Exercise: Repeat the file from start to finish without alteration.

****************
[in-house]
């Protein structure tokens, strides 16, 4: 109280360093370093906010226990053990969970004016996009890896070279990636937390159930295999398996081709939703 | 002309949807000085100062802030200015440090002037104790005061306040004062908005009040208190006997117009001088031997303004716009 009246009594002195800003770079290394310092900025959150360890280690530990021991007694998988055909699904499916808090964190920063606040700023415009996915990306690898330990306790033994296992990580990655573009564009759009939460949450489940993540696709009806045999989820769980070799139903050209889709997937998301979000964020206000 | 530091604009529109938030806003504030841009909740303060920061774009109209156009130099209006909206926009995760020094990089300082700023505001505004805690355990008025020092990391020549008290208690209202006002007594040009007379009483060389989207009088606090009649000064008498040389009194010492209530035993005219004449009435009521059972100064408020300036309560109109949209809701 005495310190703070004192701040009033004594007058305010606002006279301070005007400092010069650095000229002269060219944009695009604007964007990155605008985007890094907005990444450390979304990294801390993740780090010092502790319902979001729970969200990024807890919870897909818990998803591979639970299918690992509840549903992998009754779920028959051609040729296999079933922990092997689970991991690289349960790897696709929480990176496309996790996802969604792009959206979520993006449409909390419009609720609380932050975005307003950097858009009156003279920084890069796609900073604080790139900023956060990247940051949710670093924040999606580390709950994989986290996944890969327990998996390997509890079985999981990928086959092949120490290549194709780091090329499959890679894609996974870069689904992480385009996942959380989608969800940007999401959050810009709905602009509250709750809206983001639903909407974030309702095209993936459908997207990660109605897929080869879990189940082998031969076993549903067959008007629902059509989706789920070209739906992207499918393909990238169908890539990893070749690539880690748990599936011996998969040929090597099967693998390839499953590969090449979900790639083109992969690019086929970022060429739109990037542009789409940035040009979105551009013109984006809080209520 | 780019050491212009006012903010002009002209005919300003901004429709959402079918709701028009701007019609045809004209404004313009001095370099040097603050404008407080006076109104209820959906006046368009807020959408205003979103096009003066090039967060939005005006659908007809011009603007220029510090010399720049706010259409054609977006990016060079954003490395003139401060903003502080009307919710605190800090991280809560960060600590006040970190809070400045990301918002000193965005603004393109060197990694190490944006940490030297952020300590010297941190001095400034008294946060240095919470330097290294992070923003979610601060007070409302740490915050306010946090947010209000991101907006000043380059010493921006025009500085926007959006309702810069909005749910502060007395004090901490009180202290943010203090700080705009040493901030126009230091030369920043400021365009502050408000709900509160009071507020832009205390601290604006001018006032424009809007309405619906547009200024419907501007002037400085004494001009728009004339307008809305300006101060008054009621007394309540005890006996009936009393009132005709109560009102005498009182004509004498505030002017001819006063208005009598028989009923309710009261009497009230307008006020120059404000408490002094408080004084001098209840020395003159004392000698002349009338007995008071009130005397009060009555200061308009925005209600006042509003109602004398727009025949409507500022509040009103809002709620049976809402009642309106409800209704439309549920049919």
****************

[in-house]
């Protein structure tokens, strides 16, 4: 109280360093370093906010226990053990969970004016996009890896070279990636937390159930295999398996081709939703 | 002309949807000085100062802030200015440090002037104790005061306040004062908005009040208190006997117009001088031997303004716009 009246009594002195800003770079290394310092900025959150360890280690530990021991007694998988055909699904499916808090964190920063606040700023415009996915990306690898330990306790033994296992990580990655573009564009759009939460949450489940993540696709009806045999989820769980070799139903050209889709997937998301979000964020206000 | 530091604009529109938030806003504030841009909740303060920061774009109209156009130099209006909206926009995760020094990089300082700023505001505004805690355990008025020092990391020549008290208690209202006002007594040009007379009483060389989207009088606090009649000064008498040389009194010492209530035993005219004449009435009521059972100064408020300036309560109109949209809701 005495310190703070004192701040009033004594007058305010606002006279301070005007400092010069650095000229002269060219944009695009604007964007990155605008985007890094907005990444450390979304990294801390993740780090010092502790319902979001729970969200990024807890919870897909818990998803591979639970299918690992509840549903992998009754779920028959051609040729296999079933922990092997689970991991690289349960790897696709929480990176496309996790996802969604792009959206979520993006449409909390419009609720609380932050975005307003950097858009009156003279920084890069796609900073604080790139900023956060990247940051949710670093924040999606580390709950994989986290996944890969327990998996390997509890079985999981990928086959092949120490290549194709780091090329499959890679894609996974870069689904992480385009996942959380989608969800940007999401959050810009709905602009509250709750809206983001639903909407974030309702095209993936459908997207990660109605897929080869879990189940082998031969076993549903067959008007629902059509989706789920070209739906992207499918393909990238169908890539990893070749690539880690748990599936011996998969040929090597099967693998390839499953590969090449979900790639083109992969690019086929970022060429739109990037542009789409940035040009979105551009013109984006809080209520 | 780019050491212009006012903010002009002209005919300003901004429709959402079918709701028009701007019609045809004209404004313009001095370099040097603050404008407080006076109104209820959906006046368009807020959408205003979103096009003066090039967060939005005006659908007809011009603007220029510090010399720049706010259409054609977006990016060079954003490395003139401060903003502080009307919710605190800090991280809560960060600590006040970190809070400045990301918002000193965005603004393109060197990694190490944006940490030297952020300590010297941190001095400034008294946060240095919470330097290294992070923003979610601060007070409302740490915050306010946090947010209000991101907006000043380059010493921006025009500085926007959006309702810069909005749910502060007395004090901490009180202290943010203090700080705009040493901030126009230091030369920043400021365009502050408000709900509160009071507020832009205390601290604006001018006032424009809007309405619906547009200024419907501007002037400085004494001009728009004339307008809305300006101060008054009621007394309540005890006996009936009393009132005709109560009102005498009182004509004498505030002017001819006063208005009598028989009923309710009261009497009230307008006020120059404000408490002094408080004084001098209840020395003159004392000698002349009338007995008071009130005397009060009555200061308009925005209600006042509003109602004398727009025949409507500022509040009103809002709620049976809402009642309106409800209704439309549920049919």